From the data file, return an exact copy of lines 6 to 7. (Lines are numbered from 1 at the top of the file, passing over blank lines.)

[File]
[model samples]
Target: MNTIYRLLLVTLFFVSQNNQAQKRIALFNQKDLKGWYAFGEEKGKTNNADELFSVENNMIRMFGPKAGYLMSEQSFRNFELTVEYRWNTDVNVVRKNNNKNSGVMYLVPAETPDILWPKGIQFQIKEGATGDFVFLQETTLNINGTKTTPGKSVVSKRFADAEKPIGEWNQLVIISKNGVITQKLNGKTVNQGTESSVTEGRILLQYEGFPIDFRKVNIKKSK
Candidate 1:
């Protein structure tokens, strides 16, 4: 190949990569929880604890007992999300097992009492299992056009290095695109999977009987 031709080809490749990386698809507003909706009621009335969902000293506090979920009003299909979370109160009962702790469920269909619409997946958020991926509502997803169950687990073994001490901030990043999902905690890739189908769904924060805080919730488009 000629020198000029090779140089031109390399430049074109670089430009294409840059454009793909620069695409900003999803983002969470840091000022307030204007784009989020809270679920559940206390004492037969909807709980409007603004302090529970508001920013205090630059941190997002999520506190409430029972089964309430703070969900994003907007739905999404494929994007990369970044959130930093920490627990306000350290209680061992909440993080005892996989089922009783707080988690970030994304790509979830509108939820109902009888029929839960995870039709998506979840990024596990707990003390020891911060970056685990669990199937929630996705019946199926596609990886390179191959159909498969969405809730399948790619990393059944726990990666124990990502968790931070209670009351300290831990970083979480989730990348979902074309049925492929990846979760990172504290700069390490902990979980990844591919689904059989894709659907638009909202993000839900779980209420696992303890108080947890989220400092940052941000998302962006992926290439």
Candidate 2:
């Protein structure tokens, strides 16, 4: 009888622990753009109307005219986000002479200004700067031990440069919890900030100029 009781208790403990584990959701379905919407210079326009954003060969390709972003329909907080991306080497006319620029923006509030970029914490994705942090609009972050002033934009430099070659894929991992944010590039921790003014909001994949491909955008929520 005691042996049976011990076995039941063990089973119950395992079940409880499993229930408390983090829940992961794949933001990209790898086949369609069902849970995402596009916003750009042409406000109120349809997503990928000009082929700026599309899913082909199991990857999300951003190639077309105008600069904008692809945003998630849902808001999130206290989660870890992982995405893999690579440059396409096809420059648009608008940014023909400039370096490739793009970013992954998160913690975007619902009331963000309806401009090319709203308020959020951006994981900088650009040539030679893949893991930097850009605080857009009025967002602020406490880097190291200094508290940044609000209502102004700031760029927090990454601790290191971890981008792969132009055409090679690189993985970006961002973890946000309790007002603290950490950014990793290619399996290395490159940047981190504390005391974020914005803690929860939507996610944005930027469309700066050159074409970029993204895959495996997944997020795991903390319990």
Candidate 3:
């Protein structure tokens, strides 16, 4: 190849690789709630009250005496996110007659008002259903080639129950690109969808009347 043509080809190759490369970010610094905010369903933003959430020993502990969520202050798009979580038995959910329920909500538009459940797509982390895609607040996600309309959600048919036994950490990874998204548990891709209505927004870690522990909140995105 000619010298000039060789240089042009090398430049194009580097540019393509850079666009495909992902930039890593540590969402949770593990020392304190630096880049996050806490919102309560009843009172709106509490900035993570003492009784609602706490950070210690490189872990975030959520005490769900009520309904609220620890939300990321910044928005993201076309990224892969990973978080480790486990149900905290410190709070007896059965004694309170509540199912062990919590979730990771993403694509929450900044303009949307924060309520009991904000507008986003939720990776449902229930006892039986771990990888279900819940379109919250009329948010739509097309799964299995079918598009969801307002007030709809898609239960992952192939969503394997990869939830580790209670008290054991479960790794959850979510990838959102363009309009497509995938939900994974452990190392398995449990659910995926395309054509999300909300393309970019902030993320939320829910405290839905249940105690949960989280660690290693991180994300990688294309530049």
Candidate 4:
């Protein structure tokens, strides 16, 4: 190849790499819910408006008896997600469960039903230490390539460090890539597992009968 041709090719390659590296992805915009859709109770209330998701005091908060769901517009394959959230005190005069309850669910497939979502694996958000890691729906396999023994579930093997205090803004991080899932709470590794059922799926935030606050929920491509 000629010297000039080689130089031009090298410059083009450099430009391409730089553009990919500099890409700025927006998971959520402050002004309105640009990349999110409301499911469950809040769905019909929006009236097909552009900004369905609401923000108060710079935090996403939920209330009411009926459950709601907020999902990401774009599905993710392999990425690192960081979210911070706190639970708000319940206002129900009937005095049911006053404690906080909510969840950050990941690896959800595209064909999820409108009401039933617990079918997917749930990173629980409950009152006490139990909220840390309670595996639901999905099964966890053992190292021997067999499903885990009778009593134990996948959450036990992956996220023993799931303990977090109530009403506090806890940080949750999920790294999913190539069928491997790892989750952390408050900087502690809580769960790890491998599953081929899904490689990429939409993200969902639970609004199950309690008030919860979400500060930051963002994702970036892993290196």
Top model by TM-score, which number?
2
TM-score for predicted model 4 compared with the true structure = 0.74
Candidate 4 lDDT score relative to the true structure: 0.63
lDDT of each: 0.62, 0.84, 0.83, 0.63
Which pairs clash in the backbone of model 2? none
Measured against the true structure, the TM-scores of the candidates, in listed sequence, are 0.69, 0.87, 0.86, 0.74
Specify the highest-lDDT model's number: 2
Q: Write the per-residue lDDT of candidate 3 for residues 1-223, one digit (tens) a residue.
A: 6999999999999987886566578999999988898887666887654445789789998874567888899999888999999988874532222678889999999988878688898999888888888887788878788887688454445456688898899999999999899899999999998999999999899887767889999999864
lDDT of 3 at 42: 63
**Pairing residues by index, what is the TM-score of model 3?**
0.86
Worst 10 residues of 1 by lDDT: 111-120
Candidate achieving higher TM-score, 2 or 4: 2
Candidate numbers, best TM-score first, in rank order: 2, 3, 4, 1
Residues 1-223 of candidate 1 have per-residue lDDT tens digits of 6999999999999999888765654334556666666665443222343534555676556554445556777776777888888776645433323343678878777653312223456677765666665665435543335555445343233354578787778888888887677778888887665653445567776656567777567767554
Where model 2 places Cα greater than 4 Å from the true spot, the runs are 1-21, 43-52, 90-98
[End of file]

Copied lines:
């Protein structure tokens, strides 16, 4: 009888622990753009109307005219986000002479200004700067031990440069919890900030100029 009781208790403990584990959701379905919407210079326009954003060969390709972003329909907080991306080497006319620029923006509030970029914490994705942090609009972050002033934009430099070659894929991992944010590039921790003014909001994949491909955008929520 005691042996049976011990076995039941063990089973119950395992079940409880499993229930408390983090829940992961794949933001990209790898086949369609069902849970995402596009916003750009042409406000109120349809997503990928000009082929700026599309899913082909199991990857999300951003190639077309105008600069904008692809945003998630849902808001999130206290989660870890992982995405893999690579440059396409096809420059648009608008940014023909400039370096490739793009970013992954998160913690975007619902009331963000309806401009090319709203308020959020951006994981900088650009040539030679893949893991930097850009605080857009009025967002602020406490880097190291200094508290940044609000209502102004700031760029927090990454601790290191971890981008792969132009055409090679690189993985970006961002973890946000309790007002603290950490950014990793290619399996290395490159940047981190504390005391974020914005803690929860939507996610944005930027469309700066050159074409970029993204895959495996997944997020795991903390319990």
Candidate 3: